“Attention Min Min, we know where you are. We can terminate your life anytime. Take care.”
This is the message which journalist, Min Min, received after he wrote about an armed organisation in Myanmar’s Rakhine State, which he described as a ‘rebel group’.
In Rakhine State, these death threats are very real. The situation is volatile, and human rights defenders and journalists face many challenges including restrictions on movement, surveillance by state authorities and threats from hard-line nationalist groups.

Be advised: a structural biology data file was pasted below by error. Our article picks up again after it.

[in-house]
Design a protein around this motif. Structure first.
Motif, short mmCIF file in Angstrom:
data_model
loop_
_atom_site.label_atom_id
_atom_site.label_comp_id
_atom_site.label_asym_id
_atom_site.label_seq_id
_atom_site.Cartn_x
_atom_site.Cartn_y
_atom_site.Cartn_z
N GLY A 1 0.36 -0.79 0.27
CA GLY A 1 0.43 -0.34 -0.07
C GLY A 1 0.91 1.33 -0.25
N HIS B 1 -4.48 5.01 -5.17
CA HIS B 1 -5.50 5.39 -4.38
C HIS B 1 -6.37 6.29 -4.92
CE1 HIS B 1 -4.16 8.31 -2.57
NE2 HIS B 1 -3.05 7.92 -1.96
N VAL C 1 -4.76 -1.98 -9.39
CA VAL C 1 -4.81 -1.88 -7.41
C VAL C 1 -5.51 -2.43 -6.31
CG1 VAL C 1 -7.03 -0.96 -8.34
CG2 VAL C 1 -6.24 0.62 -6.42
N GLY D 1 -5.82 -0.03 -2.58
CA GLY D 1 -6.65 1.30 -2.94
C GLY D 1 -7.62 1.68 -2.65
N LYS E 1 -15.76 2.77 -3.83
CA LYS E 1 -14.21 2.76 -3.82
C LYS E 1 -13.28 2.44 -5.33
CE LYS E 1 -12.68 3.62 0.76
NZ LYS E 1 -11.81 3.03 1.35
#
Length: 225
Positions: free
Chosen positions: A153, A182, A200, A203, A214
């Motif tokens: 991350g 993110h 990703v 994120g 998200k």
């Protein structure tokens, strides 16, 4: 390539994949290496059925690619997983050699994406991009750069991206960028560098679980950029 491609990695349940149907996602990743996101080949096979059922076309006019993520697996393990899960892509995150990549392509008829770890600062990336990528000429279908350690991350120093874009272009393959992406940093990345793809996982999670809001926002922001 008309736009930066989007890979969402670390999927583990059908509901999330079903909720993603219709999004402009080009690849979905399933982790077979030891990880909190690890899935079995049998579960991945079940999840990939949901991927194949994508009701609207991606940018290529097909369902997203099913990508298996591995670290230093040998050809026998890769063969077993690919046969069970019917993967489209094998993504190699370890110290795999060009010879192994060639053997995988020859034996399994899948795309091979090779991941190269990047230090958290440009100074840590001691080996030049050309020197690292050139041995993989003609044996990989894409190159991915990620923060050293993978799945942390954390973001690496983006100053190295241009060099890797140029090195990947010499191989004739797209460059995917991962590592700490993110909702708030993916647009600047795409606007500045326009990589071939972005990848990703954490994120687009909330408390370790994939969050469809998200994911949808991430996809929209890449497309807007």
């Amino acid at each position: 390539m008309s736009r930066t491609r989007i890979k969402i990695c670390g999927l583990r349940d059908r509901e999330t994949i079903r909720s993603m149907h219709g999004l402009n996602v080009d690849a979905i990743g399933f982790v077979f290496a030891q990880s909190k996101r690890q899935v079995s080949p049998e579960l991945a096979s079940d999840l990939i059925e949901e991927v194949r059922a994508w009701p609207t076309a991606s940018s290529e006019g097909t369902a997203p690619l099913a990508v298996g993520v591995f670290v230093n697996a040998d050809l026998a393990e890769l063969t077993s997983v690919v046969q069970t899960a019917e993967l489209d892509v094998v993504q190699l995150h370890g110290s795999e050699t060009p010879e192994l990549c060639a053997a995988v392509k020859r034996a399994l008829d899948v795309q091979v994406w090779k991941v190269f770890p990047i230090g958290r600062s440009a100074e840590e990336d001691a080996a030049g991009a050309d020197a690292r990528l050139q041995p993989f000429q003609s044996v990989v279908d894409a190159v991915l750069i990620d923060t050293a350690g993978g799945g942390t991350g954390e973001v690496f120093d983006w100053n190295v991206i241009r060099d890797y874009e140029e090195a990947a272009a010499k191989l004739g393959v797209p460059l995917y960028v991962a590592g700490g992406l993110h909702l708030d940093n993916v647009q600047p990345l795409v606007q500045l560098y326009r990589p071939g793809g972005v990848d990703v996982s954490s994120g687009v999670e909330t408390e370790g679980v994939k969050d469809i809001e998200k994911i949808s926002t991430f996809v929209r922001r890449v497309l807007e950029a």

In March 2016 a bomb exploded at Min Min’s home. Fortunately Min Min and his family were not home at the time. He’s been called a ‘traitor’ for reporting about hardline nationalist groups in Rakhine State, and a cash reward has been offered for his murder.
Min Min has reported the threats to the police but nothing has been done.
Journalists and other media workers play a crucial role in exposing human rights abuses, both by the government and powerful local groups; they must be free to carry out their activities.